These are Heaven’s values, and we don’t change our values while we live as strangers in this world. Instead, we do our best to live them out while here to show the world a glimpse of what Heaven is like.
It’s terribly easy for Christians to have a “us versus them” mentality. We are rightly offended by the immorality of unbelievers. We are sad and scared to see our culture become more non-Christian and even anti-Christian, but this is not a time to fear or to panic.
Instead, this is a gospel opportunity like we’ve never had before. Why? Because God is bringing us clarity as to who we are as Christians—we’re strangers living temporarily in a foreign land. Even eighty-five years ago, Christians were strangers in a foreign land, but it’s definitely more clear today.
And because the distinction is more clear, the urgency is more apparent. It’s becoming easier to see that the people around us are lost. The Christian facade that many unbelievers had eighty-five years ago has been pulled down. Unbelievers are free to be their sinful selves in public. It’s easier to see that we are citizens of another country—Heaven—and strangers here on earth.
Now is not a time to panic, no sir, it’s a time to thank God for the clarity and to get back to our mission: being witnesses to a lost world.
How do we do that? Peter told us an essential part in this passage: we must have stranger behavior. We will avoid sinful desires that will make us like the world. We will also live our lives in such a good way that the citizens of this world will take notice.
But Peter did not mean for us to leave out the gospel message. He only meant to teach us how to be good ambassadors for preaching the gospel message. The gospel must be preached to this world.
13 For whosoever shall call upon the name of the Lord shall be saved. 14 How then shall they call on him in whom they have not believed? and how shall they believe in him of whom they have not heard? and how shall they hear without a preacher? (Romans 10:13–14)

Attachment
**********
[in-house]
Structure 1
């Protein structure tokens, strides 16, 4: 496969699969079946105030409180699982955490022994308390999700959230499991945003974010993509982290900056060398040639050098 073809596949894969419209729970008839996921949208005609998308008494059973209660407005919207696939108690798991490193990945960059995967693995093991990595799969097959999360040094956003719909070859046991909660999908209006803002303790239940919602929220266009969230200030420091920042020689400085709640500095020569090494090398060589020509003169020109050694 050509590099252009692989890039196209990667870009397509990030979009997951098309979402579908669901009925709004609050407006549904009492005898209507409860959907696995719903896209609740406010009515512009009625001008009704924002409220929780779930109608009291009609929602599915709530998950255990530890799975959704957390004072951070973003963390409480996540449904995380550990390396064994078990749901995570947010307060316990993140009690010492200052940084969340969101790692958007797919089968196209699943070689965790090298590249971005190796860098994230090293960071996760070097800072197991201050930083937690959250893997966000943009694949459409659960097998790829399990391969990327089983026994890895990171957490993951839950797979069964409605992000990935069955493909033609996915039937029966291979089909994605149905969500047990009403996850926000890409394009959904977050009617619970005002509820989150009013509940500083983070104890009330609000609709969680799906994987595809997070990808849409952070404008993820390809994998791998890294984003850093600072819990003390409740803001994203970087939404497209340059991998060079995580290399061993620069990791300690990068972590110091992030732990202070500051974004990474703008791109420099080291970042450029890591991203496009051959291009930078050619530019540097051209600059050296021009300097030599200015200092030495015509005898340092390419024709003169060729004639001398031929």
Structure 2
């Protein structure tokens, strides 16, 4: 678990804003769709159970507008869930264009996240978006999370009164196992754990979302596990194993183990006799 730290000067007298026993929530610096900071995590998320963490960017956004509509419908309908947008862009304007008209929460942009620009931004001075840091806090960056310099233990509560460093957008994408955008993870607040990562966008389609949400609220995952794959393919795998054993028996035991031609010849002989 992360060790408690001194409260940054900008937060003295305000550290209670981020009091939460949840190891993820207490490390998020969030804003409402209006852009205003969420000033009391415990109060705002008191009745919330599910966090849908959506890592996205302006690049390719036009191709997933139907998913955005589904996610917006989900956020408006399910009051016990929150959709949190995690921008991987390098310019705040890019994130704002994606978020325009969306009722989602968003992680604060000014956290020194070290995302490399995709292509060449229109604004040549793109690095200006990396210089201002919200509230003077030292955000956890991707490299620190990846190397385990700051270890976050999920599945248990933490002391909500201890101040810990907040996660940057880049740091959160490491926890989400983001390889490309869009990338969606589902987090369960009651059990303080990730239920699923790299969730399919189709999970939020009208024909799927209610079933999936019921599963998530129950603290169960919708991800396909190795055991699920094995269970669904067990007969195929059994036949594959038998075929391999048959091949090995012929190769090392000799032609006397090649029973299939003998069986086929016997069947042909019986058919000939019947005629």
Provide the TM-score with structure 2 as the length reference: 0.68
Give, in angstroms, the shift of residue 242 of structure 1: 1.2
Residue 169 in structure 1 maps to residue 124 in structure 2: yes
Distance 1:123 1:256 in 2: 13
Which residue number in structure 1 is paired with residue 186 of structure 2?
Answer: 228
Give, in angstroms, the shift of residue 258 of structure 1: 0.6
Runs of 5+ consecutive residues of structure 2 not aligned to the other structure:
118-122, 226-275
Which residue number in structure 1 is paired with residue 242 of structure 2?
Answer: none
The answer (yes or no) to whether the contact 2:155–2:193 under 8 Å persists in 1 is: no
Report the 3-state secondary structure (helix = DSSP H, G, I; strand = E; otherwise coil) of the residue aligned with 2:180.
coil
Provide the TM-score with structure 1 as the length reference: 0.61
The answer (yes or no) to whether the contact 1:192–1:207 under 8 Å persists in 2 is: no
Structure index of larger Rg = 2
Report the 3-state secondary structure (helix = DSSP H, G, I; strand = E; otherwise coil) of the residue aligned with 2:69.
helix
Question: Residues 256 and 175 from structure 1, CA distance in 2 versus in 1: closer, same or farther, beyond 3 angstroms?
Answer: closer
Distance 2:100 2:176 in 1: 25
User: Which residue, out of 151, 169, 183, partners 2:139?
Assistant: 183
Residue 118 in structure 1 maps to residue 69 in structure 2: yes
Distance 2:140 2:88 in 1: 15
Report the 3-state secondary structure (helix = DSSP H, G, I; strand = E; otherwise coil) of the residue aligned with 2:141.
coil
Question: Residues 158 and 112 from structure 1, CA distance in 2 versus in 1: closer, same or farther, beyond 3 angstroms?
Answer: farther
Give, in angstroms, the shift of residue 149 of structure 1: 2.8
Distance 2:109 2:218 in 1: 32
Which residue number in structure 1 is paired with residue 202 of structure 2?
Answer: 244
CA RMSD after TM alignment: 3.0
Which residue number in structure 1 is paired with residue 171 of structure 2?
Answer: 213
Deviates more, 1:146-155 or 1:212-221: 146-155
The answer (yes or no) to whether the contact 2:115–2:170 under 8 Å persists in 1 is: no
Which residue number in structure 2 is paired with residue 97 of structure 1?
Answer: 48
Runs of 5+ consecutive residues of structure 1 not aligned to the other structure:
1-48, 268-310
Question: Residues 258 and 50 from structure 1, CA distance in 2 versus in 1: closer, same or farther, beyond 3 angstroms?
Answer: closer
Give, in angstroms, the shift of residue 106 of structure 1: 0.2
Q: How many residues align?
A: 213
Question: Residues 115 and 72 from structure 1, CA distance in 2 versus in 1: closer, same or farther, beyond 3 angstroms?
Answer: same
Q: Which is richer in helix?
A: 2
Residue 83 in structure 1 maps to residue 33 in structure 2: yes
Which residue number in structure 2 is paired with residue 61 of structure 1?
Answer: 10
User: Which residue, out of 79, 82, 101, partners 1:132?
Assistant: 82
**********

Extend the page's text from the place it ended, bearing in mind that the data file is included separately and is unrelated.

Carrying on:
What is the gospel? Well, to the world it is strange, like foods from different countries might be strange to us in America.
The gospel says that Jesus lived and taught, and then He died for our sins (which is strange to unbelievers), but then…He rose from the dead (which is stranger yet to unbelievers). Oh, and some day He is returning in the sky on a white horse—yes, He is, with an army of believers in white robes following Him (Revelation 19:11-14)!
It’s all very strange to unbelievers—but it’s true. Okay, we don’t have to tell them the part about the white horse the first time we tell them the gospel. But the rising from the dead is critical to Christianity, without it, our faith is in vain. It’s a basic part of becoming a Christian:
9 That if thou shalt confess with thy mouth the Lord Jesus, and shalt believe in thine heart that God hath raised him from the dead, thou shalt be saved. (Romans 10:9)
Barton, Bruce B. 1 Peter, 2 Peter, Jude. Life Application Bible Commentary. Wheaton, IL: Tyndale House Pub., 1995.
Cleave, Derek. 1 Peter. Focus on the Bible Commentary. Ross-shire, Great Britain: Christian Focus Publications, 1999.
Helm, David R. 1 & 2 Peter and Jude: Sharing Christ’s Sufferings. Preaching the Word. Wheaton, IL: Crossway Books, 2008.
MacArthur, John F., Jr. 1 Peter. MacArthur New Testament Commentary. Chicago: Moody Publishers, 2004.
Marshall, I. Howard. 1 Peter. The IVP New Testament Commentary Series. Downers Grove, IL: InterVarsity Press, 1991.
Moore, Russell D. Onward: Engaging the Culture without Losing the Gospel. Nashville: B&H, 2015.